- deviating from the recognized or customary character, practice, etc.; irregular; erratic; peculiar; odd: eccentric conduct; an eccentric person.
- Geometry. not having the same center; not concentric: used especially of two circles or spheres at least one of which contains the centers of both.
- (of an axis, axle, etc.) not situated in the center.
- Machinery. having the axis or support away from the center: an eccentric wheel.
- Astronomy. deviating from a circular form, as an elliptic orbit.
- a person who has an unusual, peculiar, or odd personality, set of beliefs, or behavior pattern.
- something that is unusual, peculiar, or odd.
- Machinery. a device for converting circular motion into rectilinear motion, consisting of a disk fixed somewhat off-center to a revolving shaft, and working freely in a surrounding collar (eccentric strap), to which a rod (eccentric rod) is attached.
Origin of eccentric
SynonymsSee more synonyms on Thesaurus.com
Examples from the Web for eccentrically
He was a man of few words, rough, ready, and eccentrically blunt.Flora Lyndsay
It is like a joint of venison on the spit, eccentrically fastened.The Glow-Worm and Other Beetles
Jean Henri Fabre
Signor Marinetti, who is bilingual, is eccentrically amusing.Unicorns
Indeed, there are many who regard his principles as eccentrically fastidious.The Odds
Ethel M. Dell
His daughter Verona eccentrically took baths in the morning, now and then.Babbitt
- deviating or departing from convention, esp in a bizarre manner; irregular or odd
- situated away from the centre or the axis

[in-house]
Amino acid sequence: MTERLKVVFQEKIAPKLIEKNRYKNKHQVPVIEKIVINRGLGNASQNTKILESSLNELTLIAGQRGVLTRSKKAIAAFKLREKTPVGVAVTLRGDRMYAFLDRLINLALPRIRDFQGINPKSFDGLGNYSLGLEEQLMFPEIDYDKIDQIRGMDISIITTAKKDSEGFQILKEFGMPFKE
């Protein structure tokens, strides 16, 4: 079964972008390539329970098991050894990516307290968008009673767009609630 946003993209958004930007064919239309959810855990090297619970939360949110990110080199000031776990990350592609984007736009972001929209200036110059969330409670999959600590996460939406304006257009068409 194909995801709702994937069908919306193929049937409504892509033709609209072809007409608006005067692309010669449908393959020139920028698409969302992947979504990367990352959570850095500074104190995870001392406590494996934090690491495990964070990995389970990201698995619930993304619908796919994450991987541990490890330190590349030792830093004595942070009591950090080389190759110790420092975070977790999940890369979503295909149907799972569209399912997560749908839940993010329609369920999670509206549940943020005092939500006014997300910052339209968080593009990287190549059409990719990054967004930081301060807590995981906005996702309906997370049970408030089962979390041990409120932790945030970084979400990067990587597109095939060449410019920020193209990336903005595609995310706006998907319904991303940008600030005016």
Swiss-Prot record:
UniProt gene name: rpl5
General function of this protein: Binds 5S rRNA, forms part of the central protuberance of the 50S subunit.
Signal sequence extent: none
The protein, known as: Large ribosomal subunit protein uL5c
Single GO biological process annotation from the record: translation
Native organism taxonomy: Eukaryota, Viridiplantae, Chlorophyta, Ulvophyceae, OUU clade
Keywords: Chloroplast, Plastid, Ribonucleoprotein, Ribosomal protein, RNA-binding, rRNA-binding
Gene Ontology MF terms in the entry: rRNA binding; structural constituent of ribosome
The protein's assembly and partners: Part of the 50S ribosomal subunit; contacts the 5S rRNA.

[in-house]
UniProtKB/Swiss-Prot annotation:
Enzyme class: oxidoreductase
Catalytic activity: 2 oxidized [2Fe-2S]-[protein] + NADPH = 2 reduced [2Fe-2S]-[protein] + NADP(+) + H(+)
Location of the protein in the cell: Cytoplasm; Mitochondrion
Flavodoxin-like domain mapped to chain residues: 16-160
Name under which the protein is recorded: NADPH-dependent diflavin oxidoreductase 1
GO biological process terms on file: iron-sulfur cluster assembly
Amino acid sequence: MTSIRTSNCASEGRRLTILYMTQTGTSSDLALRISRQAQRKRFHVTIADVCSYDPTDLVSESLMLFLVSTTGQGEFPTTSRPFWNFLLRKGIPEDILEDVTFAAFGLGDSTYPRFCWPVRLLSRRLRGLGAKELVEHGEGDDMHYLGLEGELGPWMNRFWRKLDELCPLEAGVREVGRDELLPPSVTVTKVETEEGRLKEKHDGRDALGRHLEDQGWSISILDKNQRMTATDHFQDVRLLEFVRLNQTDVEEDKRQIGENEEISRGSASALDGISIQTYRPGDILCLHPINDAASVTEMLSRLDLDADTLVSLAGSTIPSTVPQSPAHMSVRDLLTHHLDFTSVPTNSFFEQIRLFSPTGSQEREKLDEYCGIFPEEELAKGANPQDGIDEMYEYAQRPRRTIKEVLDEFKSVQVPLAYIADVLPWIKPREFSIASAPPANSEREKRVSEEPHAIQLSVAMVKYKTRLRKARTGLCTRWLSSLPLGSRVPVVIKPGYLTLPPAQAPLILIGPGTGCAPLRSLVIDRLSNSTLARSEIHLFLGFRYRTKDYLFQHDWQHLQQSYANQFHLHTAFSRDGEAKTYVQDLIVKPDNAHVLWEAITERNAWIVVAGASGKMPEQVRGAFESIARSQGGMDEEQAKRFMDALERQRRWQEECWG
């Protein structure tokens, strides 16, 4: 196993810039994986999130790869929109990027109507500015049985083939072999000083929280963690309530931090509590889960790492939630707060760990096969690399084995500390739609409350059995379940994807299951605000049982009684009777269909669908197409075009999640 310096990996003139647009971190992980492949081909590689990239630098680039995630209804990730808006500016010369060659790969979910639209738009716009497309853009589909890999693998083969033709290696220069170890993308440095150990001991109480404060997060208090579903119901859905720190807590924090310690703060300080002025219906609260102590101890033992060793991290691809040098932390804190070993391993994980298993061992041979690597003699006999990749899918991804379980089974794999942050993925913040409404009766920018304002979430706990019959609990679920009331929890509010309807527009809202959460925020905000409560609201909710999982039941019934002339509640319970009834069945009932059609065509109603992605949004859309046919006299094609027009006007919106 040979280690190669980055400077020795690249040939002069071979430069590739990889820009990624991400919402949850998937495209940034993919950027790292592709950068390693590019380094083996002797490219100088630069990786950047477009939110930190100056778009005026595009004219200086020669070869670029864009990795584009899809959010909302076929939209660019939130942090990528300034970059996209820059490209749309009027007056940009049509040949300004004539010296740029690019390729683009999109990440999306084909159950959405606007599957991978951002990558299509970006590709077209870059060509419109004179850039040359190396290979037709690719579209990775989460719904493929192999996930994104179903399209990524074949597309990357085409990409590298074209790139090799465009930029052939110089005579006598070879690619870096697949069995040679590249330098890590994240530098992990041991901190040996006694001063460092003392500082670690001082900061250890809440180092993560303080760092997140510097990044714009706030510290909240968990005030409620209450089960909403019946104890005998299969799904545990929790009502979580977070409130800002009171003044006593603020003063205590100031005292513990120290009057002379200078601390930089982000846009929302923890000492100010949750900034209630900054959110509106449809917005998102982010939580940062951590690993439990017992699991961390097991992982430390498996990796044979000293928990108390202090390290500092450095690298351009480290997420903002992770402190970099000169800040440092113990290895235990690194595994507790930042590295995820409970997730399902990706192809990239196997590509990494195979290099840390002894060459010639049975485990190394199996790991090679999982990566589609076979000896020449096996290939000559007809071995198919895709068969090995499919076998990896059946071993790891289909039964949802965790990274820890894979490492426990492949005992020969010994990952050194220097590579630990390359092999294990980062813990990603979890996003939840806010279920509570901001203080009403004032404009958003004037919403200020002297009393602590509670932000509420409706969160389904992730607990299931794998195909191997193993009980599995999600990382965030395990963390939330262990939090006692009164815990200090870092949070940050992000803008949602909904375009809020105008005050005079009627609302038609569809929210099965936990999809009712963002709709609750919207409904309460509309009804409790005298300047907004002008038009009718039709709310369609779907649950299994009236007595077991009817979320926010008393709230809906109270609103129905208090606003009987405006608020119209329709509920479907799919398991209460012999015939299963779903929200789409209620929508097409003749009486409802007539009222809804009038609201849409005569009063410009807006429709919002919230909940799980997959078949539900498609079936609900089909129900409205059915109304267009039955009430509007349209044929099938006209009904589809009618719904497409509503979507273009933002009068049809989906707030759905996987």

- not having a common centreeccentric circles Compare concentric
- not precisely circular
- a person who deviates from normal forms of behaviour, esp in a bizarre manner
- a device for converting rotary motion to reciprocating motion
Word Origin and History for eccentrically
1550s, from Middle French eccentrique and directly from Medieval Latin eccentricus (noun and adjective; see eccentric (n.)). Figurative sense of "odd, whimsical" first recorded 1620s.
early 15c., "eccentric circle or orbit," originally a term in Ptolemaic astronomy, "circle or orbit not having the Earth precisely at its center," from Middle French eccentrique and directly from Medieval Latin eccentricus (noun and adjective), from Greek ekkentros "out of the center" (as opposed to concentric), from ek "out" (see ex-) + kentron "center" (see center (n.)). Meaning "odd or whimsical person" attested by 1824.
June 4 .--Died in the streets in Newcastle, William Barron, an eccentric, well known for many years by the name of Billy Pea-pudding. [John Sykes, "Local Records, or Historical Register of Remarkable Events which have Occurred Exclusively in the Counties of Durham and Northumberland, Town and County of Newcastle Upon Tyne, and Berwick Upon Tweed," Newcastle, 1824]
- Departing from a recognized, conventional, or established norm or pattern.
- Situated or proceeding away from the center.
- A person of odd or unconventional behavior.